Diagnosis and presentation (signs and symptoms)
Like many mental illnesses, the diagnosis of schizophrenia is based upon the behaviour of the person being assessed. There is a list of diagnostic criteria which must be met for a person to be so diagnosed. These depend on both the presence and duration of certain signs and symptoms.
The most commonly-used criteria for diagnosing schizophrenia are from the American Psychiatric Association's Diagnostic and Statistical Manual of Mental Disorders (DSM) and the World Health Organisation's International Statistical Classification of Diseases and Related Health Problems (ICD). The most recent versions are ICD-10 (http://www.who.int/whosis/icd10/) and DSM-IV-TR (http://www.psych.org/research/dor/dsm/index.cfm).
Below is an abbreviated version of the diagnostic criteria from the DSM-IV-TR, the full version is available here (http://www.behavenet.com/capsules/disorders/schiz.htm).
To be diagnosed as having schizophrenia, a person must display:
- Characteristic symptoms: Two or more of the following, each present for a significant portion of time during a one-month period (or less, if successfully treated)
- disorganized speech (e.g., frequent derailment or incoherence). See thought disorder.
- grossly disorganized or catatonic behavior
- negative symptoms, i.e., affective flattening (lack or decline in emotional response), alogia (lack or decline in speech), or avolition (lack or decline in motivation).
Note: Only one Criterion A symptom is required if delusions are bizarre or hallucinations consist of hearing voices.
- Social/occupational dysfunction: For a significant portion of the time since the onset of the disturbance, one or more major areas of functioning such as work, interpersonal relations, or self-care, are markedly below the level achieved prior to the onset.
- Duration: Continuous signs of the disturbance persist for at least six months. This six-month period must include at least one month of symptoms (or less, if successfully treated) that meet Criterion A.
Historically, schizophrenia in the West was classified into simple, catatonic, hebephrenic, and paranoid. The DSM now contains five sub-classifications of schizophrenia. These are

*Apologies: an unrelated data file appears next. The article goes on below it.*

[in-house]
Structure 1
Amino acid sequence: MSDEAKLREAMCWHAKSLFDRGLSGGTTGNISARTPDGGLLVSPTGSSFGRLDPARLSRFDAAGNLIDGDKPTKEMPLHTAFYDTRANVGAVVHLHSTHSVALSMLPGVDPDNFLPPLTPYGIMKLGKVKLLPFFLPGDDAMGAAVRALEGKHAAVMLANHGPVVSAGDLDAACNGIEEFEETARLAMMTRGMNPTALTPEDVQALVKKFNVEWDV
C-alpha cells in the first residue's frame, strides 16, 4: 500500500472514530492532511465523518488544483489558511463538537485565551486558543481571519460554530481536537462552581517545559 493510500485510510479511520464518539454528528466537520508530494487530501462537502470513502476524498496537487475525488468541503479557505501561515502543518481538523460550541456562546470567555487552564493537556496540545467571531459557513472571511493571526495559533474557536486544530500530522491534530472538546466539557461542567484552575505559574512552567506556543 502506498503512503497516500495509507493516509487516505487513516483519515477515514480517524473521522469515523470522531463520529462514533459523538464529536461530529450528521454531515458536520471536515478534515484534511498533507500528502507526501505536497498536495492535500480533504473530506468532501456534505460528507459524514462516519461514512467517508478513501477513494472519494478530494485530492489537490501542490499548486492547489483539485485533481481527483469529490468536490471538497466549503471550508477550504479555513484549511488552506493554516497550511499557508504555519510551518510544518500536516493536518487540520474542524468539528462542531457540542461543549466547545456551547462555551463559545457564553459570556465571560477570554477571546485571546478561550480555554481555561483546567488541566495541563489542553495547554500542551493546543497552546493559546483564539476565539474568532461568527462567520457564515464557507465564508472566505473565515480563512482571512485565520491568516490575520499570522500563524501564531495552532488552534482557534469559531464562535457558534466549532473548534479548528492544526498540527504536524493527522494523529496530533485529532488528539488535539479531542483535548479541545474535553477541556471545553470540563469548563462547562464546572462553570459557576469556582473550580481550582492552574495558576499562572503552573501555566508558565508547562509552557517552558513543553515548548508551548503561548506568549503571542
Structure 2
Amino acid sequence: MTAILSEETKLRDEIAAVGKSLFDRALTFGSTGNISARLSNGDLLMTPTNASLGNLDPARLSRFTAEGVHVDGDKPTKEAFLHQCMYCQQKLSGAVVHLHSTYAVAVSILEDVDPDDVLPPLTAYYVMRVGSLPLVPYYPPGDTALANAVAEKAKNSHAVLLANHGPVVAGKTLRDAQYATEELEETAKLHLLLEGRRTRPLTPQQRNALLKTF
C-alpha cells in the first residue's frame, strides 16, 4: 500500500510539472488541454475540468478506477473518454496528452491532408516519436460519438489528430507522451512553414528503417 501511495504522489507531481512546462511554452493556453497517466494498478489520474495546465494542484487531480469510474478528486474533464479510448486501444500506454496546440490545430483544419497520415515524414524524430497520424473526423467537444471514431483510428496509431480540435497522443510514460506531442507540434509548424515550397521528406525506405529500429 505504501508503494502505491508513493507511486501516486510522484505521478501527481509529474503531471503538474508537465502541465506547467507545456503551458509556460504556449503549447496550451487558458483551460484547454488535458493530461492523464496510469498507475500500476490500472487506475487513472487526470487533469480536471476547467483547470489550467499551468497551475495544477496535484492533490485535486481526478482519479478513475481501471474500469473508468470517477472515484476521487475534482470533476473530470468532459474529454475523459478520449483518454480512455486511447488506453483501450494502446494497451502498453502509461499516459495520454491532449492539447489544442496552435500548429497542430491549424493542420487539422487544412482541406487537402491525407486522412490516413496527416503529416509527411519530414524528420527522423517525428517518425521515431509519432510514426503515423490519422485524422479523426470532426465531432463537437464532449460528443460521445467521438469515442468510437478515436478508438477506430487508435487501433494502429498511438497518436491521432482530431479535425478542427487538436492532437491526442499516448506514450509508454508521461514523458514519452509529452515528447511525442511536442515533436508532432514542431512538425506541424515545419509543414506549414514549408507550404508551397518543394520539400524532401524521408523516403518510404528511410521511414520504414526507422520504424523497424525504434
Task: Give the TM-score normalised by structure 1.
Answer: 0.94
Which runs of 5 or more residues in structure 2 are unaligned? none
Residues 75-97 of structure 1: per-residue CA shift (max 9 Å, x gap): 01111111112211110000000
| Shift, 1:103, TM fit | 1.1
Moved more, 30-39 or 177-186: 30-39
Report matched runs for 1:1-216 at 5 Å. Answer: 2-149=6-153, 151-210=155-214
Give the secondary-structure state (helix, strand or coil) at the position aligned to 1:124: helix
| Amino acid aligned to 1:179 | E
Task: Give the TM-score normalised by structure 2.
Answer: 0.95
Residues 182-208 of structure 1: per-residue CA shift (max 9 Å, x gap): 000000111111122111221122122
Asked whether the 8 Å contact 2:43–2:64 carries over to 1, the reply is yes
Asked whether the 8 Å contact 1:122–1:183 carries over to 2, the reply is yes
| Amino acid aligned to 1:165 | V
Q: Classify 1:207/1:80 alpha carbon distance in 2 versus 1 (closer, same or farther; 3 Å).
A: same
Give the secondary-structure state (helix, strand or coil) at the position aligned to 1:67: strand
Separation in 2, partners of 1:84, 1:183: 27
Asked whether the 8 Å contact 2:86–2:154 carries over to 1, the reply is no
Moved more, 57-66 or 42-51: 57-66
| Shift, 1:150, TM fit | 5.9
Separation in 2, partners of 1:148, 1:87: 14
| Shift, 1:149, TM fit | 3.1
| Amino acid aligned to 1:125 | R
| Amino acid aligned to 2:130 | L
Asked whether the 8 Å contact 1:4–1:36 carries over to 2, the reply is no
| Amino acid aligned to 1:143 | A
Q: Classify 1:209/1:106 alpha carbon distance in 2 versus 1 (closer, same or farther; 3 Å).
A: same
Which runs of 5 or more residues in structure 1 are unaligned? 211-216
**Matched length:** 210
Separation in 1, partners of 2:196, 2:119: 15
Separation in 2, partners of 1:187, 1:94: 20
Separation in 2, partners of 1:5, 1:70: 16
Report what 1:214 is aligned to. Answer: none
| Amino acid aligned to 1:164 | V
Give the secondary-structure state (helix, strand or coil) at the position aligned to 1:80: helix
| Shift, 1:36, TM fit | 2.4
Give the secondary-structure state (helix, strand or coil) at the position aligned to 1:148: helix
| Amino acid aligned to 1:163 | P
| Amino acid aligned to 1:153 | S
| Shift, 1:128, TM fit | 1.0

- catatonic type (where marked absences or peculiarities of movement are present),
- disorganised type (where thought disorder and flat or inappropriate affect are present together),
- paranoid type (where delusions and hallucinations are present but thought disorder, disorganised behaviour, and affective flattening is absent),
- residual type (where positive symptoms are present at a low intensity only) and
- undifferentiated type (psychotic symptoms are present but the criteria for paranoid, disorganized, or catatonic types has not been met).
Symptoms may also be described as 'positive symptoms' (those additional to normal experience and behaviour) and negative symptoms (the lack or decline in normal experience or behaviour). 'Positive symptoms' describe psychosis and typically include delusions, hallucinations and thought disorder. 'Negative symptoms' describe inappropriate or nonpresent emotion, poverty of speech, and lack of motivation.
It is worth noting that many of the positive or psychotic symptoms may occur in a variety of disorders and not only in schizophrenia. The psychiatrist Kurt Schneider tried to list the particular forms of psychotic symptoms which he thought were particularly useful in distinguishing between schizophrenia and other disorders which could produce psychosis. These are called first rank symptoms or Schneiderian first rank symptoms and include delusions of being controlled by an external force, the belief that thoughts are being inserted or withdrawn from your conscious mind, the belief that your thoughts are being broadcast to other people and hearing hallucinated voices which comment on your thoughts or actions, or may have a conversation with other hallucinated voices. It now seems that 'first rank symptoms' are not a reliable method of diagnosing schizophrenia4, however the term might still be used descriptively by mental health professionals.
Schizophrenia: Diagnostic issues and controversies